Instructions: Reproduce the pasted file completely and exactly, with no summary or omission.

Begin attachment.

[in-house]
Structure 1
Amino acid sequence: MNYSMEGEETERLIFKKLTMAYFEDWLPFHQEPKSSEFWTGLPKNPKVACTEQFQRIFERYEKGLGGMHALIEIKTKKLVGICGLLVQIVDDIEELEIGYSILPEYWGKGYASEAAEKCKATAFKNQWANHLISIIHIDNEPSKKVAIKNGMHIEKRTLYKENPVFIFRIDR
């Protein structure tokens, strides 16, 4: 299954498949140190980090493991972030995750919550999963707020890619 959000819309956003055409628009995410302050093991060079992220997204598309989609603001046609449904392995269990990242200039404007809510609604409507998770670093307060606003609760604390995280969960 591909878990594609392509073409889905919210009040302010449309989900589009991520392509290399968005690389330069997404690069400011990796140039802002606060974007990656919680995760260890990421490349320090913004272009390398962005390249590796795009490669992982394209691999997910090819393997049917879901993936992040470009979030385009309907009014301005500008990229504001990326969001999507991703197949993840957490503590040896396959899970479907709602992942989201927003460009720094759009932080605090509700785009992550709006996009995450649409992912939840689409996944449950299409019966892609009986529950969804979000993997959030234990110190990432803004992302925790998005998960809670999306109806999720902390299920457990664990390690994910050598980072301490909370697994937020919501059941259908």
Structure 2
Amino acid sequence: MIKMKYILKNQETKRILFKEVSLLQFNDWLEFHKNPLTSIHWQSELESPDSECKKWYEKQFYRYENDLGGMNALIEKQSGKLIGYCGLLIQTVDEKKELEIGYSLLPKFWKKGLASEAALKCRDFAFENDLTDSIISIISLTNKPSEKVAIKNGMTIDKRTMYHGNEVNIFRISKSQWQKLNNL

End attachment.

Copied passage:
[in-house]
Structure 1
Amino acid sequence: MNYSMEGEETERLIFKKLTMAYFEDWLPFHQEPKSSEFWTGLPKNPKVACTEQFQRIFERYEKGLGGMHALIEIKTKKLVGICGLLVQIVDDIEELEIGYSILPEYWGKGYASEAAEKCKATAFKNQWANHLISIIHIDNEPSKKVAIKNGMHIEKRTLYKENPVFIFRIDR
């Protein structure tokens, strides 16, 4: 299954498949140190980090493991972030995750919550999963707020890619 959000819309956003055409628009995410302050093991060079992220997204598309989609603001046609449904392995269990990242200039404007809510609604409507998770670093307060606003609760604390995280969960 591909878990594609392509073409889905919210009040302010449309989900589009991520392509290399968005690389330069997404690069400011990796140039802002606060974007990656919680995760260890990421490349320090913004272009390398962005390249590796795009490669992982394209691999997910090819393997049917879901993936992040470009979030385009309907009014301005500008990229504001990326969001999507991703197949993840957490503590040896396959899970479907709602992942989201927003460009720094759009932080605090509700785009992550709006996009995450649409992912939840689409996944449950299409019966892609009986529950969804979000993997959030234990110190990432803004992302925790998005998960809670999306109806999720902390299920457990664990390690994910050598980072301490909370697994937020919501059941259908």
Structure 2
Amino acid sequence: MIKMKYILKNQETKRILFKEVSLLQFNDWLEFHKNPLTSIHWQSELESPDSECKKWYEKQFYRYENDLGGMNALIEKQSGKLIGYCGLLIQTVDEKKELEIGYSLLPKFWKKGLASEAALKCRDFAFENDLTDSIISIISLTNKPSEKVAIKNGMTIDKRTMYHGNEVNIFRISKSQWQKLNNL